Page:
Optimal timing of antenatal corticosteroids to improve outcomes in preterm birth

This QI project aimed to increase the proportion of women at less than 34 + 0 weeks’ gestation with threatened preterm labour receiving a full course of antenatal corticosteroids within one week prior to delivery to 95% or greater by March 2023.

Publication date: 12 October 2023


Health Innovation Oxford and Thames Valley (formerly the Oxford Academic Health Science Network – Oxford AHSN)

Eileen Dudley, Senior Programme Lead & MatNeoSIP Lead Patient Safety Collaborative, Health Innovation Oxford and Thames Valley

Michelle East, Lead Midwife, Governance & Quality, Bucks Healthcare & MatNeoSIP Regional Midwifery Clinical Improvement Lead

Background and context

The Maternal and Neonatal Safety Improvement Programme (MatNeoSIP) was established to support England’s national ambition to reduce rates of maternal and neonatal deaths, stillbirths, and brain injuries by 50%, by 2025. MatNeoSIP has focussed on seven evidence-based interventions, to support the goal of optimising care of the preterm infant. This Quality Improvement Project (QIP) focusses on one of those interventions – the correct and timely administration of antenatal corticosteroids within the 7 days prior to anticipated preterm birth.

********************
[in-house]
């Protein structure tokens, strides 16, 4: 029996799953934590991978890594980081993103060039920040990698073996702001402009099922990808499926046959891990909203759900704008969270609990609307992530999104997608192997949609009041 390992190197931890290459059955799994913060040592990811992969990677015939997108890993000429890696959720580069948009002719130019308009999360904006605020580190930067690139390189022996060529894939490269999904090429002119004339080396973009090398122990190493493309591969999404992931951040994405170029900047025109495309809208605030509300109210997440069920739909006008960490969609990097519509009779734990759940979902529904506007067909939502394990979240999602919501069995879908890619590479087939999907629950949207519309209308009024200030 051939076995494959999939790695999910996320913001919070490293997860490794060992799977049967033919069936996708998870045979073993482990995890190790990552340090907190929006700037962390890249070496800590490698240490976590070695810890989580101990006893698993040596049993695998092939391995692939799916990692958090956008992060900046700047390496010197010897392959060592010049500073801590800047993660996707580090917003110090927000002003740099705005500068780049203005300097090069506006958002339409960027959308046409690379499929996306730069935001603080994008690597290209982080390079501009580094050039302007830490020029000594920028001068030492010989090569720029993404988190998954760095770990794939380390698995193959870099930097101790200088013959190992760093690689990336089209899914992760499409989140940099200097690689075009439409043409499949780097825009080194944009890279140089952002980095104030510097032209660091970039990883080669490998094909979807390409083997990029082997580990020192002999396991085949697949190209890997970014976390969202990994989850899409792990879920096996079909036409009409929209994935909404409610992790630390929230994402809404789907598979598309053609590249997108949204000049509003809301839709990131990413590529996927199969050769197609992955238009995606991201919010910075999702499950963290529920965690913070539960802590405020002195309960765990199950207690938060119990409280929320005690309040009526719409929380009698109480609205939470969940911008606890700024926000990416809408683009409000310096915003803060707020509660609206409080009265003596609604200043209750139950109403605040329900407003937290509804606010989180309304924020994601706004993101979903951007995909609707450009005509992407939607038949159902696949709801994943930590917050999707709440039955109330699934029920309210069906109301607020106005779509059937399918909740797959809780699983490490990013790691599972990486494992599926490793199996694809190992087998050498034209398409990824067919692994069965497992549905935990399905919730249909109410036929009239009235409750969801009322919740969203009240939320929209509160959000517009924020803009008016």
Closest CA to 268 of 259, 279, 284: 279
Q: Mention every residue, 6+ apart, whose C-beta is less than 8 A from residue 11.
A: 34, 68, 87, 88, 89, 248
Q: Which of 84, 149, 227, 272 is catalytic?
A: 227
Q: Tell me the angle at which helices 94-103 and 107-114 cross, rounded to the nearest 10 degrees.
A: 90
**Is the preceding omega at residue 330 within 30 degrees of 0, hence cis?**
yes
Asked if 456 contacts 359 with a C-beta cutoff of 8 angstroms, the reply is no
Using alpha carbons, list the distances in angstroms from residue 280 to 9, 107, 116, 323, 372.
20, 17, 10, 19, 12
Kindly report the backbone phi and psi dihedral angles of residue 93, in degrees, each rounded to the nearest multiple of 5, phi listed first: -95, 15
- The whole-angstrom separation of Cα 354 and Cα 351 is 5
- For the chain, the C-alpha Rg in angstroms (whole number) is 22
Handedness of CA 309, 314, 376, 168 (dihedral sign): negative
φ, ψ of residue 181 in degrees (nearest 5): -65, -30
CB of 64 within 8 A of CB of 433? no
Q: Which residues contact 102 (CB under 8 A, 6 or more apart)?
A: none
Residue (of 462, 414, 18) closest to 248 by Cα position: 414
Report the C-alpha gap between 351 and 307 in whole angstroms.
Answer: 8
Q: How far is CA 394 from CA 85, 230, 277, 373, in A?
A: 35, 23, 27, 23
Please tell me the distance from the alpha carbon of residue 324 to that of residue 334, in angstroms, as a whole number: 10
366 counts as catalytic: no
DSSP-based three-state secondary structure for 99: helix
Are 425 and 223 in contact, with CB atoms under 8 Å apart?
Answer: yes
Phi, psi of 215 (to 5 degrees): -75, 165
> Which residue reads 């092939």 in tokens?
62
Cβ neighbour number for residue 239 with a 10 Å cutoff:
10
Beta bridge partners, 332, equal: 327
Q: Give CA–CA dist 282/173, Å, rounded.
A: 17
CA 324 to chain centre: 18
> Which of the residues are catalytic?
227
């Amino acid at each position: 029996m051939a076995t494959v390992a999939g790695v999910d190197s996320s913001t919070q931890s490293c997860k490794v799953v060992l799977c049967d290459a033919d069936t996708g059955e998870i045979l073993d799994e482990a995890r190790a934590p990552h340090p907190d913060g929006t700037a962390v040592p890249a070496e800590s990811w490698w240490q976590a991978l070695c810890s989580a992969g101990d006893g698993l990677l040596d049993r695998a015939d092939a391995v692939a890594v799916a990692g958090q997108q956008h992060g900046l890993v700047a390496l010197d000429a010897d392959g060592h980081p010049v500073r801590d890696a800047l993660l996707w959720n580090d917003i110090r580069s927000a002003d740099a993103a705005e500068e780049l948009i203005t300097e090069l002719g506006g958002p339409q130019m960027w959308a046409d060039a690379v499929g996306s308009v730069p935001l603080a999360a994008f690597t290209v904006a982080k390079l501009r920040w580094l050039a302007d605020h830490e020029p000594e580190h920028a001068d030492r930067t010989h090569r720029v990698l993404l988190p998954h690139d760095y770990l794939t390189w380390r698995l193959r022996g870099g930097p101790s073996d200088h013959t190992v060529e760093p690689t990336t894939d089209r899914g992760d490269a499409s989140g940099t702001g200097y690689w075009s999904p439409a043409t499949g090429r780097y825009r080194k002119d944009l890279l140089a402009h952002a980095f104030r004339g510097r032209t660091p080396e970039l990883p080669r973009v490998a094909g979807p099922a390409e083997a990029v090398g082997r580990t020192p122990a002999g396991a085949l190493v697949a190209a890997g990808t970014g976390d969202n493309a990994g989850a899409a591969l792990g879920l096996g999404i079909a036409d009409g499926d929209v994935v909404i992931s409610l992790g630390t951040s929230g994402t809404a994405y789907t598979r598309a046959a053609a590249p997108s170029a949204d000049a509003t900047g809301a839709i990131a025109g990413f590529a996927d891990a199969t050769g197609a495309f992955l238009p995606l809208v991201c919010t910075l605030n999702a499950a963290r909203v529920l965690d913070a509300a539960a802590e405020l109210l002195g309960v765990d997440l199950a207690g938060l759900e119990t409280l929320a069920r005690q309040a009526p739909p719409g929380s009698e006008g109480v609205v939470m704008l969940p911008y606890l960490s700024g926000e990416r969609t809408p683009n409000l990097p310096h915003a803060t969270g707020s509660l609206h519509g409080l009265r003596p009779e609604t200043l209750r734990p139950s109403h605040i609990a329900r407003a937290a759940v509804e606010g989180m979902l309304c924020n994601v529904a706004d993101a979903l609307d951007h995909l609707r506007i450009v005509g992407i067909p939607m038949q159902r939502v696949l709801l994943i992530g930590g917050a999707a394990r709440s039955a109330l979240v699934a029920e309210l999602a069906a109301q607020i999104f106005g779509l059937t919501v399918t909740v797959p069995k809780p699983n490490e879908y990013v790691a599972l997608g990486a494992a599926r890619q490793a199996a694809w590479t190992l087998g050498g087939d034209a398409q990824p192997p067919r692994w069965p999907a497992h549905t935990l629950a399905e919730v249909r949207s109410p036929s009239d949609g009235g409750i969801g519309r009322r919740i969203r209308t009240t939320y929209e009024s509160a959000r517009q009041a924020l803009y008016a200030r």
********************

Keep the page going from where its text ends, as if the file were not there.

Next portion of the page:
Project aim

To increase the proportion of women at less than 34 + 0 weeks’ gestation with threatened preterm labour receiving a full course of antenatal corticosteroids within one week prior to delivery to 95% or greater by March 2023.

Method and data collection

The NNAP data available at the outset of this QIP reflects whether mothers were given steroids during the antenatal period, but not whether the course was completed, i.e. two separate doses at least 12h apart, or in the 7-days prior to the birth target timeline. Therefore, a data gathering phase occurred between April 2021 & November 2022, to retrieve the required information.

A proforma was designed to enable a more consistent approach to data collection and refined using PDSA improvement cycles.

Over the above period, there were 83 births at < 34 weeks’ gestation. 95% of women received steroids during the antenatal period. 73% of these women received a complete course and 48% had steroids within 7 days of birth.